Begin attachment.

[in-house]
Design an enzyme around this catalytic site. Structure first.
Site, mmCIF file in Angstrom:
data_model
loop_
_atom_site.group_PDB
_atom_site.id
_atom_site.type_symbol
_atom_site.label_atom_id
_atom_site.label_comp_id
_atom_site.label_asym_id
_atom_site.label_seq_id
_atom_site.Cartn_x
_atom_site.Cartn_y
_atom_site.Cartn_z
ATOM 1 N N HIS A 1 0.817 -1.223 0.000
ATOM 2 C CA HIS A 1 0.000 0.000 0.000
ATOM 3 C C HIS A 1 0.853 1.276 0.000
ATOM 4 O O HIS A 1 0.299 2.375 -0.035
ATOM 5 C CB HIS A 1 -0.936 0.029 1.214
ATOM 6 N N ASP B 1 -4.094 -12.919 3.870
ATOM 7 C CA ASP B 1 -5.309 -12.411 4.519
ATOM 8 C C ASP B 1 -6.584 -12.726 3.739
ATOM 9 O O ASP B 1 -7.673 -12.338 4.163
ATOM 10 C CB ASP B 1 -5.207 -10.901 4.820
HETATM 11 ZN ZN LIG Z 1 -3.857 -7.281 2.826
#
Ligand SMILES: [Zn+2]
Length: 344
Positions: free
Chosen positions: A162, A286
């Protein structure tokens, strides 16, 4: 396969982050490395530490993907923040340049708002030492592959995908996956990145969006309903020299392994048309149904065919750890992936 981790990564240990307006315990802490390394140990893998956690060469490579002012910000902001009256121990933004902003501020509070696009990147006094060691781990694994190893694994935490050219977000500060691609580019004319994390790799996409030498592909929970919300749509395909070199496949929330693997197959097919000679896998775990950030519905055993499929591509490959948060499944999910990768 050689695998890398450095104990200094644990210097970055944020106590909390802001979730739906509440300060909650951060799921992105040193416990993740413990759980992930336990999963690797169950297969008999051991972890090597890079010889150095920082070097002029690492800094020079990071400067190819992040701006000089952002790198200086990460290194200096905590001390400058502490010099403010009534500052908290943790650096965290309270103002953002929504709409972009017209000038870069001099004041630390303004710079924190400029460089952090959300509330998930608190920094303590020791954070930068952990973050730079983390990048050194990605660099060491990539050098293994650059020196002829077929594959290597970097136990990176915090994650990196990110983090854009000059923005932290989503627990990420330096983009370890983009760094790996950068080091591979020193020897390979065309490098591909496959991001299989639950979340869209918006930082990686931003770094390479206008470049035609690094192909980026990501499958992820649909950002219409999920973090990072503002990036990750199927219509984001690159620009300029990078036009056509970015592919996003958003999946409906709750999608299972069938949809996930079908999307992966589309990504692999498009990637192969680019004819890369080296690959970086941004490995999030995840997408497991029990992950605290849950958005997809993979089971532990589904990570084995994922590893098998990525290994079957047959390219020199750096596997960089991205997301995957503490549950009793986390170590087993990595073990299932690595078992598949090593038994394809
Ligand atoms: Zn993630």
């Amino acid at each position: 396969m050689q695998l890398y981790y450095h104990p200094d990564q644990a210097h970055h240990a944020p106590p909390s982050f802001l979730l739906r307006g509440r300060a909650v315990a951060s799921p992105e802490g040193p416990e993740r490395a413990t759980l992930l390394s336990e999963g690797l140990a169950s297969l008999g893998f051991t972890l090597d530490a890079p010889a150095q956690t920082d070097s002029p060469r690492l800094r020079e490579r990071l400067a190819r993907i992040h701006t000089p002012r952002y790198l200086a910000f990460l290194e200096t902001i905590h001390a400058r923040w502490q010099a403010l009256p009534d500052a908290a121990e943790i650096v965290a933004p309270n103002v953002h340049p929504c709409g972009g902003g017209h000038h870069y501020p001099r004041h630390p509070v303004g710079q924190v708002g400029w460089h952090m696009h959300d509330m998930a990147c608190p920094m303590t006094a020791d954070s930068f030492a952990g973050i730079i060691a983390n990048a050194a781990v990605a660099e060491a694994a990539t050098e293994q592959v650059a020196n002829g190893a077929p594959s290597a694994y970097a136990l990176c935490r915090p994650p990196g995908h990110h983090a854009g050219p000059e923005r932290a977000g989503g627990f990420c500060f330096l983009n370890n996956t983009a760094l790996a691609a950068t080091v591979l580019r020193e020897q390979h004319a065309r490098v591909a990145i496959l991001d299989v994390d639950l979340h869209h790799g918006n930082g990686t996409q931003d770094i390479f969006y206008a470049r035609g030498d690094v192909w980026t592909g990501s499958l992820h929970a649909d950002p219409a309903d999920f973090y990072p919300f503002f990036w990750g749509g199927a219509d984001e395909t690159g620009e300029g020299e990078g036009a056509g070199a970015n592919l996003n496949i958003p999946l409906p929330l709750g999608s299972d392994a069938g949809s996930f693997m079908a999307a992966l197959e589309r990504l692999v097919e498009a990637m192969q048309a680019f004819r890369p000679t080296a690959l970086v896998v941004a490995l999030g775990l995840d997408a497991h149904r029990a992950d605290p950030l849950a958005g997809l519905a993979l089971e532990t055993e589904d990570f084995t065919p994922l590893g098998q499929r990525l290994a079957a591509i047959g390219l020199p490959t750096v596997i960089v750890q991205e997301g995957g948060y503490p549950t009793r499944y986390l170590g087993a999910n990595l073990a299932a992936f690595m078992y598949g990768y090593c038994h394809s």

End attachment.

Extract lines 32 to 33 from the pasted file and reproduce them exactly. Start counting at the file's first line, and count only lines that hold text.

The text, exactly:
């Protein structure tokens, strides 16, 4: 396969982050490395530490993907923040340049708002030492592959995908996956990145969006309903020299392994048309149904065919750890992936 981790990564240990307006315990802490390394140990893998956690060469490579002012910000902001009256121990933004902003501020509070696009990147006094060691781990694994190893694994935490050219977000500060691609580019004319994390790799996409030498592909929970919300749509395909070199496949929330693997197959097919000679896998775990950030519905055993499929591509490959948060499944999910990768 050689695998890398450095104990200094644990210097970055944020106590909390802001979730739906509440300060909650951060799921992105040193416990993740413990759980992930336990999963690797169950297969008999051991972890090597890079010889150095920082070097002029690492800094020079990071400067190819992040701006000089952002790198200086990460290194200096905590001390400058502490010099403010009534500052908290943790650096965290309270103002953002929504709409972009017209000038870069001099004041630390303004710079924190400029460089952090959300509330998930608190920094303590020791954070930068952990973050730079983390990048050194990605660099060491990539050098293994650059020196002829077929594959290597970097136990990176915090994650990196990110983090854009000059923005932290989503627990990420330096983009370890983009760094790996950068080091591979020193020897390979065309490098591909496959991001299989639950979340869209918006930082990686931003770094390479206008470049035609690094192909980026990501499958992820649909950002219409999920973090990072503002990036990750199927219509984001690159620009300029990078036009056509970015592919996003958003999946409906709750999608299972069938949809996930079908999307992966589309990504692999498009990637192969680019004819890369080296690959970086941004490995999030995840997408497991029990992950605290849950958005997809993979089971532990589904990570084995994922590893098998990525290994079957047959390219020199750096596997960089991205997301995957503490549950009793986390170590087993990595073990299932690595078992598949090593038994394809
Ligand atoms: Zn993630």